If there is one thing I have learned over the years, it is not to believe immediately everything that I am told I must unquestioningly believe. Deep down, I am a skeptic and, perhaps, even a cynic when it comes to many things. Maybe I have been burned too often in the past, trusting those who swore they were telling me the truth, who were claiming to do what was in my best interest or who wielded some position of authority and expected me to follow blindly like some obedient sheeple. Sorry, it ain’t happening! Fool me once . . . .
This is especially true regarding two particular groups: the media and politics. Let me give you an example or two. For years I attended the March for Life in Washington, DC. I would watch the people come out in droves, often braving some bitter weather conditions. The young people were typically present in large number. However, when I read about it in the press—when newspapers were still somewhat popular—the matter was inevitably grossly underreported. The same was true on TV. Often a small fringe oppositional group, also present but in insignificant numbers, received similar attention to the larger crowd. This seemed to follow a pattern, dictated by the particular ideology which, I suspect, suited the will of the media overlords. My recent comments on the truckers in Canada and the manner that situation was reported is another prime example.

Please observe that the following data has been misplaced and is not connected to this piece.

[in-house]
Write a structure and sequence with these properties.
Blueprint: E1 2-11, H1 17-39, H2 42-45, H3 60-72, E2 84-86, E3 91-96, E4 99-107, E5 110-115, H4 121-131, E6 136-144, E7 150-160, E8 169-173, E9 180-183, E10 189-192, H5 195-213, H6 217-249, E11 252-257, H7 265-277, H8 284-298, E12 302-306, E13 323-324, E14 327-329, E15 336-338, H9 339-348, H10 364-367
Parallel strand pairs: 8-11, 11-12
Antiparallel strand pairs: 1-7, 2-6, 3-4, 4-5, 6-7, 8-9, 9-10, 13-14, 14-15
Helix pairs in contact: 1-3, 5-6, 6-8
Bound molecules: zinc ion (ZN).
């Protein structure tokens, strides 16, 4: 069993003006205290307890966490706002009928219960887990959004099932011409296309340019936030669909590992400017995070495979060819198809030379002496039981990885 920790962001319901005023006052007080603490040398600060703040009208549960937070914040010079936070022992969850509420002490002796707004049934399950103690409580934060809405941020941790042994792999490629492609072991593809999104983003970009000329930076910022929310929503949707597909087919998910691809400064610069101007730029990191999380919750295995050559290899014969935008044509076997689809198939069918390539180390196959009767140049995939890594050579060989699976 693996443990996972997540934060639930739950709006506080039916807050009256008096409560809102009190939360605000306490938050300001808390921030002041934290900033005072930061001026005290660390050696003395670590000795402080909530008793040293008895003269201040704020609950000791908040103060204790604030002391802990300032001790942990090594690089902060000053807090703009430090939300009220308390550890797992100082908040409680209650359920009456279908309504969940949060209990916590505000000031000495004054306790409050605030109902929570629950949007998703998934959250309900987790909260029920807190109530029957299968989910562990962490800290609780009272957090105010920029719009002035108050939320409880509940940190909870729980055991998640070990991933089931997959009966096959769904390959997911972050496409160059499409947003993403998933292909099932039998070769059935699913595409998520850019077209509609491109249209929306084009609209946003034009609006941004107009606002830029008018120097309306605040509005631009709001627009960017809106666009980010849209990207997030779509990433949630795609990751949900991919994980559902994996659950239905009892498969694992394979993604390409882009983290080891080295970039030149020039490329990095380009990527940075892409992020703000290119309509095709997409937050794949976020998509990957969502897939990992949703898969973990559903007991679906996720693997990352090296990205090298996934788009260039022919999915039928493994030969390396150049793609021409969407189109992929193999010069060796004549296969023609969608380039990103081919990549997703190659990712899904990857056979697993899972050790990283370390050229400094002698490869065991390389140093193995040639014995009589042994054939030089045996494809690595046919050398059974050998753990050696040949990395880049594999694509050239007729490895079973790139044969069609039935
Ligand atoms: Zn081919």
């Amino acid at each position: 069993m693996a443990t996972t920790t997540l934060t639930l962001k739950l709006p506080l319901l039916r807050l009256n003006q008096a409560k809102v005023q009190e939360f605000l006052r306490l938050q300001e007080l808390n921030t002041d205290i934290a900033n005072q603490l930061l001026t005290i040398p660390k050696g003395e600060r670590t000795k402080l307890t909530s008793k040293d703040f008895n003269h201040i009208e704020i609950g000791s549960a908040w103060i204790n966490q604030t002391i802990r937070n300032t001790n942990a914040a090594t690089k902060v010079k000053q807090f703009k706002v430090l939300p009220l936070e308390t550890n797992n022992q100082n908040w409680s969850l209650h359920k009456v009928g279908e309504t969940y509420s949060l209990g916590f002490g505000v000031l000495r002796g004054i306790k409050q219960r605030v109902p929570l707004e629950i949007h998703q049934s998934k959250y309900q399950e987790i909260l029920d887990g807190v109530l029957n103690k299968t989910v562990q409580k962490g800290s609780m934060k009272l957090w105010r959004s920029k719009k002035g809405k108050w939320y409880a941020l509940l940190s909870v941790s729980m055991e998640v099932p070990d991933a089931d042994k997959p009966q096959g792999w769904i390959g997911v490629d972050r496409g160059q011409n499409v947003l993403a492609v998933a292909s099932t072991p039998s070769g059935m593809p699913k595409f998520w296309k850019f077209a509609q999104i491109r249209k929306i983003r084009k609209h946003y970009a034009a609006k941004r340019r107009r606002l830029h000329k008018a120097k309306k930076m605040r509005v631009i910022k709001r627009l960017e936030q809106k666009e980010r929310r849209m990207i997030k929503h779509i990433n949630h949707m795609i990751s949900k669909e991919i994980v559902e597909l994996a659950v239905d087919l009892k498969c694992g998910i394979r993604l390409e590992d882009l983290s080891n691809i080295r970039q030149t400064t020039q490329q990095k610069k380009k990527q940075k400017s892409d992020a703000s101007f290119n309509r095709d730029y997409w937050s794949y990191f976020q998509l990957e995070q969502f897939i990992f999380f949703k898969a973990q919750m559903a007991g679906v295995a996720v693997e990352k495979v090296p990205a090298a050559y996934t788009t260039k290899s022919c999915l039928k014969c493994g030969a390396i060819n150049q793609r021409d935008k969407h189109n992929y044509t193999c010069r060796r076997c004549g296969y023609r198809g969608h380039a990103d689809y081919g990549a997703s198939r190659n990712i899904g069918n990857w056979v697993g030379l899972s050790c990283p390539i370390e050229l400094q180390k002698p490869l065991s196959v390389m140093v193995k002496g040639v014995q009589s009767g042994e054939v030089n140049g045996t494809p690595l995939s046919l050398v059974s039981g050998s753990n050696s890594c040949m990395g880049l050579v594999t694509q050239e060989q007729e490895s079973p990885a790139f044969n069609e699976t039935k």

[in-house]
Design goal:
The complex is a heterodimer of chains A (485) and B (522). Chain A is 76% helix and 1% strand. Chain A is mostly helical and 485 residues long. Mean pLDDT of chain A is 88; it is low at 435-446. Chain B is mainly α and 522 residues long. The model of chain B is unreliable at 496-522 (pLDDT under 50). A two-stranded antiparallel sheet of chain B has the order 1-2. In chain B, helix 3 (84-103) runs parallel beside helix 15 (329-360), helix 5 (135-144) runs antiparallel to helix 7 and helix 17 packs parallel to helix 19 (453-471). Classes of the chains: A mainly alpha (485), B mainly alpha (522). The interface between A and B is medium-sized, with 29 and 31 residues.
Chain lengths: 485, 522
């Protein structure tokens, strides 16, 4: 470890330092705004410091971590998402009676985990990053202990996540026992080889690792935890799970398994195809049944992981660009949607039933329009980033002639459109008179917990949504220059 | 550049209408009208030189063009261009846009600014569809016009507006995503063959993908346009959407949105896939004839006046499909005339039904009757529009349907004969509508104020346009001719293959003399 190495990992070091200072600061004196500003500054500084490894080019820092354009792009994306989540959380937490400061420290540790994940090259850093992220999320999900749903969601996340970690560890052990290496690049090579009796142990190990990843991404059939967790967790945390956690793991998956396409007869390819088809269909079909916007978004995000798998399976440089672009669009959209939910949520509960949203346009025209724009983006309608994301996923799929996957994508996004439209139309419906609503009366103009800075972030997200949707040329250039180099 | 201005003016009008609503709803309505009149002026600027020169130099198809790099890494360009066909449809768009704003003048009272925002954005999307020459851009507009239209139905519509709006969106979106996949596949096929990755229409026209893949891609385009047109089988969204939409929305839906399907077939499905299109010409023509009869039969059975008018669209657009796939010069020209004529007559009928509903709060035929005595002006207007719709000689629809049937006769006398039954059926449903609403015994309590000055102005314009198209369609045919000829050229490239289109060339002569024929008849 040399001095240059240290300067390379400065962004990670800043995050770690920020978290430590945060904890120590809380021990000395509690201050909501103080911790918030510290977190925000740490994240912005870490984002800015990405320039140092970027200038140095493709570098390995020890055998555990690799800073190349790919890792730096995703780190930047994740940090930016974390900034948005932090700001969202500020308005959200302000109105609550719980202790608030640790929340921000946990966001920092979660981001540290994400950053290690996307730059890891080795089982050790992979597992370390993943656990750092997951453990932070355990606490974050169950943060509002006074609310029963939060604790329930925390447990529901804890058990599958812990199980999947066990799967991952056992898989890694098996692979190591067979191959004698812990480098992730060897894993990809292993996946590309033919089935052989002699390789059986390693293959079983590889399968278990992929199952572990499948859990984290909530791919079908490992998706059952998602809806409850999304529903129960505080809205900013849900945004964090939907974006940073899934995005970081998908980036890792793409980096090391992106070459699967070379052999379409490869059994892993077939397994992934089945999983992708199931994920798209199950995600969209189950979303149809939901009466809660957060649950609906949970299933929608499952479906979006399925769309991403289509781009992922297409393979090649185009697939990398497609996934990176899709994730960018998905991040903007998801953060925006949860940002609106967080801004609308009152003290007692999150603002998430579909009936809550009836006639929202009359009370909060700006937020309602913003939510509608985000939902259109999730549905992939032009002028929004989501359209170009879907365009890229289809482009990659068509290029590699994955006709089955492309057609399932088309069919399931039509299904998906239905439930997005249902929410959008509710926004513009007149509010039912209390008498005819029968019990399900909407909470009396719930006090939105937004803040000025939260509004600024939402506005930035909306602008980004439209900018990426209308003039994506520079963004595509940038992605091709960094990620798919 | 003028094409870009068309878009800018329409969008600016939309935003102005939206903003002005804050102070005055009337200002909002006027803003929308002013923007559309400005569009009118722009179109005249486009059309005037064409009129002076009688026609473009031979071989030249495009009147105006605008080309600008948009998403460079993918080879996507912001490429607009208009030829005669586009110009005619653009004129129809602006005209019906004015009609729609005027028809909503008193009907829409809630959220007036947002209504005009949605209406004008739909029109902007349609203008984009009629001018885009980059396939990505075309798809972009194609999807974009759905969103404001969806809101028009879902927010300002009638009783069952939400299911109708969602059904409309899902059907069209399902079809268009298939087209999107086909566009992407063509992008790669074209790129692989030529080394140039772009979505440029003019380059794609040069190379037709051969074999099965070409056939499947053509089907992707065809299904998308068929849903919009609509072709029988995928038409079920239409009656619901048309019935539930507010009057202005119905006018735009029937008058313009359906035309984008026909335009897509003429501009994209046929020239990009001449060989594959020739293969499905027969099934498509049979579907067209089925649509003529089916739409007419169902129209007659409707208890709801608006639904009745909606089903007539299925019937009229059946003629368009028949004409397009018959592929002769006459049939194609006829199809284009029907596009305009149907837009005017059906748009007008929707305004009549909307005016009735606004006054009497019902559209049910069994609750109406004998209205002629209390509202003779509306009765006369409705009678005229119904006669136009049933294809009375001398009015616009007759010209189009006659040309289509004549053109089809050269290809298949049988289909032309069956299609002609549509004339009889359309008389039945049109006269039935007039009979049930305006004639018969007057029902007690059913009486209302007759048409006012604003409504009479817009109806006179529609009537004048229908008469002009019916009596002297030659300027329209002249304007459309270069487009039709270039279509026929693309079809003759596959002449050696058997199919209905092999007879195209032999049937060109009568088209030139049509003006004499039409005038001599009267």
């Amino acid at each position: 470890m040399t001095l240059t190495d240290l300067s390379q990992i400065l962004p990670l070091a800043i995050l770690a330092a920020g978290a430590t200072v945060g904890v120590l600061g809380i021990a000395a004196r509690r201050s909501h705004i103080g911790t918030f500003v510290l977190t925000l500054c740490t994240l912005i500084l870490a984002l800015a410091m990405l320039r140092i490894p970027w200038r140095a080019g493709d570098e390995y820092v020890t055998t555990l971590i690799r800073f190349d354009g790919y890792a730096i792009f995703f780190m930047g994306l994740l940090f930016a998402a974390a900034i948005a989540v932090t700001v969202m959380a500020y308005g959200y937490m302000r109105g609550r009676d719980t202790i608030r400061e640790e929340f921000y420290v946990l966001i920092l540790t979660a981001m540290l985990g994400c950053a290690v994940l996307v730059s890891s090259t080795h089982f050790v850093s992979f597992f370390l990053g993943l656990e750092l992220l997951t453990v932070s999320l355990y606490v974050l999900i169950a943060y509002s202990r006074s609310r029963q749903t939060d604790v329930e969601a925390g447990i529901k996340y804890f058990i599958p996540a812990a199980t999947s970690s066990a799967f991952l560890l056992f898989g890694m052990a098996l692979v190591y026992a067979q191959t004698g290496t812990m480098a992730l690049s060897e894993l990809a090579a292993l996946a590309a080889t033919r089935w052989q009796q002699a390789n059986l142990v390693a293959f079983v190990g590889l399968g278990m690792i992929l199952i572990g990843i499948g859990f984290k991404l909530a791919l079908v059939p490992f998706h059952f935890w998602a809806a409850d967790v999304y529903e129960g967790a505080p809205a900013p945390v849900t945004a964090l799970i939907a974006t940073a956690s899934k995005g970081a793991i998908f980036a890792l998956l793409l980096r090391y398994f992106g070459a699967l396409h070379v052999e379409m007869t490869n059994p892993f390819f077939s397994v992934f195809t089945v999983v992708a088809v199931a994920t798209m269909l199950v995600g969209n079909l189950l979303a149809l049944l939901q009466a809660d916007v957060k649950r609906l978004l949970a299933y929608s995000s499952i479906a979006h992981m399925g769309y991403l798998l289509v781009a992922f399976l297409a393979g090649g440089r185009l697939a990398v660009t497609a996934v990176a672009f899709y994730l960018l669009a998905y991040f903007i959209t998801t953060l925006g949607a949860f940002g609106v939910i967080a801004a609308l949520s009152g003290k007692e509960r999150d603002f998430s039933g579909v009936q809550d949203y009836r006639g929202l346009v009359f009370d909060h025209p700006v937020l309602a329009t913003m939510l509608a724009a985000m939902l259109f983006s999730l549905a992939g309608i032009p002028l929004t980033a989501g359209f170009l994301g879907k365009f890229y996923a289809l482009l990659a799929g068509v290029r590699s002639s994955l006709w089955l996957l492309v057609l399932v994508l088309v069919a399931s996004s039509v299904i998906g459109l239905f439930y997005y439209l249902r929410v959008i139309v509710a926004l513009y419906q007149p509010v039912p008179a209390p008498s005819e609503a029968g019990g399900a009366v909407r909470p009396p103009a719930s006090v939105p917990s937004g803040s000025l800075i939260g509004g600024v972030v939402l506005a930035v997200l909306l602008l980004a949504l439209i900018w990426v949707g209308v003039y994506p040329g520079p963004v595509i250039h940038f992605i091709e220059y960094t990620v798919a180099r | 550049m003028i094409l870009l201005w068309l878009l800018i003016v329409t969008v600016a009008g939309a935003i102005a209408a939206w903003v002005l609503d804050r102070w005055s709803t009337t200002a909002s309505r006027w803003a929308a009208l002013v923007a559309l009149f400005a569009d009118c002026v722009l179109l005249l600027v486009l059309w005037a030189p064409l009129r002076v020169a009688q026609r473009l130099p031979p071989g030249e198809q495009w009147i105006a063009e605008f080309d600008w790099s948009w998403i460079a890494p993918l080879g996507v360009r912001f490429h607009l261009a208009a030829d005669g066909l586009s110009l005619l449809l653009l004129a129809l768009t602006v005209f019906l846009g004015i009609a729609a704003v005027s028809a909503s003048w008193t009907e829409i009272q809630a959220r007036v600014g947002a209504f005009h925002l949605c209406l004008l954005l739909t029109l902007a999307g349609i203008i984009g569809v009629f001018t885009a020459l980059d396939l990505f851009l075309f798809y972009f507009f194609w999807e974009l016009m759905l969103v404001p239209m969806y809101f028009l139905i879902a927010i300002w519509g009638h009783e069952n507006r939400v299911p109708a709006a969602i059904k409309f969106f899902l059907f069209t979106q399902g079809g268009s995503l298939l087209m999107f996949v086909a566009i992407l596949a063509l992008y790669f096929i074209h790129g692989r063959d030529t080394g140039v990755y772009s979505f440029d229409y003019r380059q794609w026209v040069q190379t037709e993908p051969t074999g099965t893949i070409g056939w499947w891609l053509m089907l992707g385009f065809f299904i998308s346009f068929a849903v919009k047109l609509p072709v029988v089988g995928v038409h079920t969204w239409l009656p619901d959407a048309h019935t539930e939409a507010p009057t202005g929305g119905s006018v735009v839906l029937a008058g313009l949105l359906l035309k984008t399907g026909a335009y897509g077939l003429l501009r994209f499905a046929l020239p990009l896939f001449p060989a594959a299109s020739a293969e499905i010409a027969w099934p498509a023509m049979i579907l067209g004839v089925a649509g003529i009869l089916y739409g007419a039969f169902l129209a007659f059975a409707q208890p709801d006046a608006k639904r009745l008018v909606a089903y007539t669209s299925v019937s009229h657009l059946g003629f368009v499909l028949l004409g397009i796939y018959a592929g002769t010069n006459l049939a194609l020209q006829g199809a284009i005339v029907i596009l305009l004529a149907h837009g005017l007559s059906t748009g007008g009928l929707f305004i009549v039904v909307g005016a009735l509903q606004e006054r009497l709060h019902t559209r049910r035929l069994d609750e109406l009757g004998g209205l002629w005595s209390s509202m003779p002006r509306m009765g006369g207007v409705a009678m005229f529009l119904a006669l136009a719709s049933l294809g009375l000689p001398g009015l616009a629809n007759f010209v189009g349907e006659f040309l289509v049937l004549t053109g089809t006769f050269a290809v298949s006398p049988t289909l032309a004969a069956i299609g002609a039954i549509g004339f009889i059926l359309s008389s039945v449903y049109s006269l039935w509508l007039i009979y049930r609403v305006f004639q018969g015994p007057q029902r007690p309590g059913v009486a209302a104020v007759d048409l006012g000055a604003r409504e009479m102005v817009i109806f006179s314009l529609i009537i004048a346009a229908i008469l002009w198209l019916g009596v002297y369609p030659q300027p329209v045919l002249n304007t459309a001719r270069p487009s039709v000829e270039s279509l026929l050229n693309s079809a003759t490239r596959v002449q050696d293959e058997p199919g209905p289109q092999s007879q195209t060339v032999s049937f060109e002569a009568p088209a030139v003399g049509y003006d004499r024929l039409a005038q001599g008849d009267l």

Politicians seem to lie by nature, and then stare you in the face and swear they were not. Did they take a bribe? Was there insider trading? Were there some backroom deals made? Was there covert activity of which the public was deliberately kept in the dark? Politicians (and their many useful idiots in the media) tell you what they want you to believe, and then gaslight you about the entire situation to make you question your own judgment. Look closely and you will find multiple examples of lies and cover-ups. Watergate. Iran-Contra. Fast and Furious. Monica. Epstein. Hunter. Nothing to see here.
I (naively) wish that the press would simply do their job, hold government officials accountable, not espouse some particular ideology and not continually carry water for a particular political party.
All this being said, when it comes to our current situation in Ukraine, let me state emphatically that I support, care for and pray for the innocent Ukrainian (and Russian) people caught in the midst of this tragedy. Regarding government motives, policies, and actions, however, I am completely skeptical. This conflict is making some pretty unusual bedfellows and I am left wondering about too many things. And I am not alone in my suspicions.
What are the underlying factors to this conflict we are not being told? Why would we ever consider making deals with terrorist or adversarial regimes to buy oil, when we were energy independent just about a year ago? Will our government’s actions crash our own economy? Will this conflict lead to a destabilized dollar? Are we risking WWIII?
Pardon me if I do not trust some of the confusion and apparent incompetency I now see in real time.
Fr. Ed NamiotkaPastor